A rare white buffalo in Texas that caused international headlines when it was born in 2011 and then died shortly afterward was a victim of infection and was not skinned as its owner initially suspected.
Hunt County Sheriff Randy Meeks said a veterinarian looked into photographs of the rare white buffalo and determined that it did not appear it was mutilated, The Associated Press reported. The calf, named Lightning Medicine Cloud, died in May on the Lakota Ranch about 50 miles from Dallas and made headlines when it was found dead by ranch owner Arby Little Soldier.
An investigation showed that two more buffalo have died at the Lakota Ranch since the rare white buffalo’s death in May. Investigators believe a bacterial infection known as blackleg was the culprit.
“It lays dormant in the land,” Meeks said of the spores that cause the infection. “It’s very preventable by vaccination. We were not told by the Little Soldiers that these two had died.”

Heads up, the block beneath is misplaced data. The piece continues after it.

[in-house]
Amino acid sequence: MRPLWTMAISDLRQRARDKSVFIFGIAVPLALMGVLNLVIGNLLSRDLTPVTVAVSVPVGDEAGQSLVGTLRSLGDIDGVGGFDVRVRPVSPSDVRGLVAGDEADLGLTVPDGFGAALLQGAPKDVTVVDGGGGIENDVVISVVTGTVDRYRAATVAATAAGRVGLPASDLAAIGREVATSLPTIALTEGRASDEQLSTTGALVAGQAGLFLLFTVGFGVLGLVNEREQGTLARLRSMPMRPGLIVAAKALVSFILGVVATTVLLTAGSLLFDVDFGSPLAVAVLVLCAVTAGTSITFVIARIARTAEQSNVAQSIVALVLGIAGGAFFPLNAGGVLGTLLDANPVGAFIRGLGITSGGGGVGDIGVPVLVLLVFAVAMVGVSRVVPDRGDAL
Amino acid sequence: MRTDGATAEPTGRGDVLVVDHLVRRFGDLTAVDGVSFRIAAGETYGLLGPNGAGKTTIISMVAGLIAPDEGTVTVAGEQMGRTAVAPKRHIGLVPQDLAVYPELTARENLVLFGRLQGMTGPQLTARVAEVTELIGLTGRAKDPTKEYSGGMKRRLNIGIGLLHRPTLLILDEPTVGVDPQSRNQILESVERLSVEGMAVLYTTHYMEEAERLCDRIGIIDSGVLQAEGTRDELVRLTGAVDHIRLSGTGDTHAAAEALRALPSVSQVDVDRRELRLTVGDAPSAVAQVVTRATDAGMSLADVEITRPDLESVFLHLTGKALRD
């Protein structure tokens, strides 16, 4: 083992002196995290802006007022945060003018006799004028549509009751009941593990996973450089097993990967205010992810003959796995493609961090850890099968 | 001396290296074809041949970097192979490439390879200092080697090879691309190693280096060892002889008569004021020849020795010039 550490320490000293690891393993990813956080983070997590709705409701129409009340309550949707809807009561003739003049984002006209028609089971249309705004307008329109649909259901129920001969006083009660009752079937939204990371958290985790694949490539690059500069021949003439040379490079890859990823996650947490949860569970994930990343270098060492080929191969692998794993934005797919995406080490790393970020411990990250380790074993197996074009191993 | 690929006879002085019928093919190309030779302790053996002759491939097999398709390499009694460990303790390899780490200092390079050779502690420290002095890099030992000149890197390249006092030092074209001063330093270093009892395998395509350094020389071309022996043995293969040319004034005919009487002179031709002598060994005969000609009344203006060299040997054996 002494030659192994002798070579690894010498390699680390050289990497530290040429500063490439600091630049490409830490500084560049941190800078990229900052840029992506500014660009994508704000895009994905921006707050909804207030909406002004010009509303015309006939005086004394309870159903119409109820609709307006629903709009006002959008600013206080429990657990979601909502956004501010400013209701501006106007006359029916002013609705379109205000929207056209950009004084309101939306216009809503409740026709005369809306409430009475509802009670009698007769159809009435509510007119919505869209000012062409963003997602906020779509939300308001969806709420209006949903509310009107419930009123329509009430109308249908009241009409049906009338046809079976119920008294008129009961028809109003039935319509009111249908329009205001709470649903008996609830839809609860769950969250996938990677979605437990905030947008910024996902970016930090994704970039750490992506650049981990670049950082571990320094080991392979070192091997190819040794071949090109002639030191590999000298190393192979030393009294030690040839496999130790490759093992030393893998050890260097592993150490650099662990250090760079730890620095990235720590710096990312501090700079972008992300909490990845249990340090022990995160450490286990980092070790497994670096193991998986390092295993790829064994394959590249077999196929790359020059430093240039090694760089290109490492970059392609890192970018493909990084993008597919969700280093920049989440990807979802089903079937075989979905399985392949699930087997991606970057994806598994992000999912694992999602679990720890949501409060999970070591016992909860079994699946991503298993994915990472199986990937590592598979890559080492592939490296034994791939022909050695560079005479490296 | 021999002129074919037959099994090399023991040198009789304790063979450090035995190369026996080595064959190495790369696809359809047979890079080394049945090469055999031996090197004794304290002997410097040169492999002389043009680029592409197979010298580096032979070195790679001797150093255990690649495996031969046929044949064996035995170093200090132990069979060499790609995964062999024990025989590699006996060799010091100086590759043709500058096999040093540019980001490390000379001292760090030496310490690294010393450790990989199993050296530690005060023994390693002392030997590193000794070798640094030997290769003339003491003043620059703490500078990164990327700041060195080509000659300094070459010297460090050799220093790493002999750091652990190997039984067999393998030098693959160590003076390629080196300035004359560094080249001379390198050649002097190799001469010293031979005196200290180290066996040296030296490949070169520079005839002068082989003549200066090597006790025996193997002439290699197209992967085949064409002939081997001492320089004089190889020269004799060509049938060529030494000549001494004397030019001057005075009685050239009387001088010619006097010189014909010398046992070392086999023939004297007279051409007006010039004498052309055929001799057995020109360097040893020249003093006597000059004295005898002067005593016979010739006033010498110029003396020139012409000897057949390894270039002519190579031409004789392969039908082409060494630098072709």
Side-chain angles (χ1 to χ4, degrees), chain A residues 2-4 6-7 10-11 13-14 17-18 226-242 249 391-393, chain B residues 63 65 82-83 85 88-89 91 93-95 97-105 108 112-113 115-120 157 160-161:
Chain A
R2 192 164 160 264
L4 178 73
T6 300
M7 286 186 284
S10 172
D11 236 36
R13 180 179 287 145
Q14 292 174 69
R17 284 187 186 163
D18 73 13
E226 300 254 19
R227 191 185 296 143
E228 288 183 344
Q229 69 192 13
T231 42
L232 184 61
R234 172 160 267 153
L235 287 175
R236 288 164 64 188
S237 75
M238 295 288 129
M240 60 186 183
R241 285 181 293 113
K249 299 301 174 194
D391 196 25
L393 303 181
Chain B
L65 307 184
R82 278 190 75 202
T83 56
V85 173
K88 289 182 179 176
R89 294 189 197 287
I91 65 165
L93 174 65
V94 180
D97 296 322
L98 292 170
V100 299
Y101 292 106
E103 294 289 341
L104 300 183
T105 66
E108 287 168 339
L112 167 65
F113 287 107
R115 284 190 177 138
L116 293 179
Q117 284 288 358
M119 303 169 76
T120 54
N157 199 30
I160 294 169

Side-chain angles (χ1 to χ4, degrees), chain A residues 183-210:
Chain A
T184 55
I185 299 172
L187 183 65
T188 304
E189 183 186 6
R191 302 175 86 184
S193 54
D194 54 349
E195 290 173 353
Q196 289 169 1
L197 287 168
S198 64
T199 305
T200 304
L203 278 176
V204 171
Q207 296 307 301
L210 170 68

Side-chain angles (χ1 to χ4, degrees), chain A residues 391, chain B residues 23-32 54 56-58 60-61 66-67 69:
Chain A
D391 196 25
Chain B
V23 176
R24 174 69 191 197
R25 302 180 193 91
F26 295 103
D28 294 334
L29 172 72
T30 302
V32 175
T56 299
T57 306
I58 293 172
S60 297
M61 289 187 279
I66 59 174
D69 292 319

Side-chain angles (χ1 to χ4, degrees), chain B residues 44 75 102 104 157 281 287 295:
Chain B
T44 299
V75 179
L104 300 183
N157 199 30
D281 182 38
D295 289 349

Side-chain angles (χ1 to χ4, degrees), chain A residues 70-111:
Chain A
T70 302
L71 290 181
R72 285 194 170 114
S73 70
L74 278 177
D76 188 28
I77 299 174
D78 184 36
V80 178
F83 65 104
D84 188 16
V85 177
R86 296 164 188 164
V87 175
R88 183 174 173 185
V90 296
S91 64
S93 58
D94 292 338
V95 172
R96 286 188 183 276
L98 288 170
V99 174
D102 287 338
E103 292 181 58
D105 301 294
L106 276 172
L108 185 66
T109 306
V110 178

The non-albino white buffalo is sacred to the Lakota Sioux, who believe that the goddess of peace once appeared in the form the rare white buffalo. The death of Lightning Medicine Cloud brought international attention to the area, The Associated Press reported, with an Oregon organization even planning to donate a rare white buffalo of its own to the Lakota.
Little Medicine Cloud also made international headlines when it was born in 2011. The rare white buffalo’s birth was featured in the UK’s Daily Mail, which noted that the calf was a one-in-ten-million rarity.
The spore that killed the rare white buffalo is unusually deadly, said Terry Hensley, a Texas A&M extension office veterinarian. The infection can enter through a wound or be eaten by the animal and can lay dormant in their muscles for months or years before striking. But once it does take effect, the animal is killed quickly.
“Normally they’re healthy one day and the rancher finds them dead the next,” Hensley said.
The rare white buffalo’s mother, Buffalo Woman, was found dead a day after the rare white buffalo died.